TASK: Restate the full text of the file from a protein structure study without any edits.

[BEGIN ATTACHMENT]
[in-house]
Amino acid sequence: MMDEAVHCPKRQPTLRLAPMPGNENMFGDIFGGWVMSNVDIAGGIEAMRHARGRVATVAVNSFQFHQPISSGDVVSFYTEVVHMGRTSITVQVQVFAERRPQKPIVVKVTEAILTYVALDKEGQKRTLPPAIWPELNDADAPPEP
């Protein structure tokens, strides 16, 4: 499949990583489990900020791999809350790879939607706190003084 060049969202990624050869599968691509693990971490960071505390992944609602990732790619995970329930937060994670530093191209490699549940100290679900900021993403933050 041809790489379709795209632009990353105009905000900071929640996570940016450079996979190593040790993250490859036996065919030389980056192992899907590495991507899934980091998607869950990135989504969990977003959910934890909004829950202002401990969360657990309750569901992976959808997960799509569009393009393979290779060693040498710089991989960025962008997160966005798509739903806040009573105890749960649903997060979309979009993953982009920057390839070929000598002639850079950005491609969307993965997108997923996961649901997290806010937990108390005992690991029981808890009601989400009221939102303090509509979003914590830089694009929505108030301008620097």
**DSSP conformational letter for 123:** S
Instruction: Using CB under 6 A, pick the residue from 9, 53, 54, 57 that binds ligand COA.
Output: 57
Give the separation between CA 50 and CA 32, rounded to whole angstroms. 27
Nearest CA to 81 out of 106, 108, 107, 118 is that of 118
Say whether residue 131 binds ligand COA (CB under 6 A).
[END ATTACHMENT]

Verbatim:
[in-house]
Amino acid sequence: MMDEAVHCPKRQPTLRLAPMPGNENMFGDIFGGWVMSNVDIAGGIEAMRHARGRVATVAVNSFQFHQPISSGDVVSFYTEVVHMGRTSITVQVQVFAERRPQKPIVVKVTEAILTYVALDKEGQKRTLPPAIWPELNDADAPPEP
């Protein structure tokens, strides 16, 4: 499949990583489990900020791999809350790879939607706190003084 060049969202990624050869599968691509693990971490960071505390992944609602990732790619995970329930937060994670530093191209490699549940100290679900900021993403933050 041809790489379709795209632009990353105009905000900071929640996570940016450079996979190593040790993250490859036996065919030389980056192992899907590495991507899934980091998607869950990135989504969990977003959910934890909004829950202002401990969360657990309750569901992976959808997960799509569009393009393979290779060693040498710089991989960025962008997160966005798509739903806040009573105890749960649903997060979309979009993953982009920057390839070929000598002639850079950005491609969307993965997108997923996961649901997290806010937990108390005992690991029981808890009601989400009221939102303090509509979003914590830089694009929505108030301008620097």
**DSSP conformational letter for 123:** S
Instruction: Using CB under 6 A, pick the residue from 9, 53, 54, 57 that binds ligand COA.
Output: 57
Give the separation between CA 50 and CA 32, rounded to whole angstroms. 27
Nearest CA to 81 out of 106, 108, 107, 118 is that of 118
Say whether residue 131 binds ligand COA (CB under 6 A).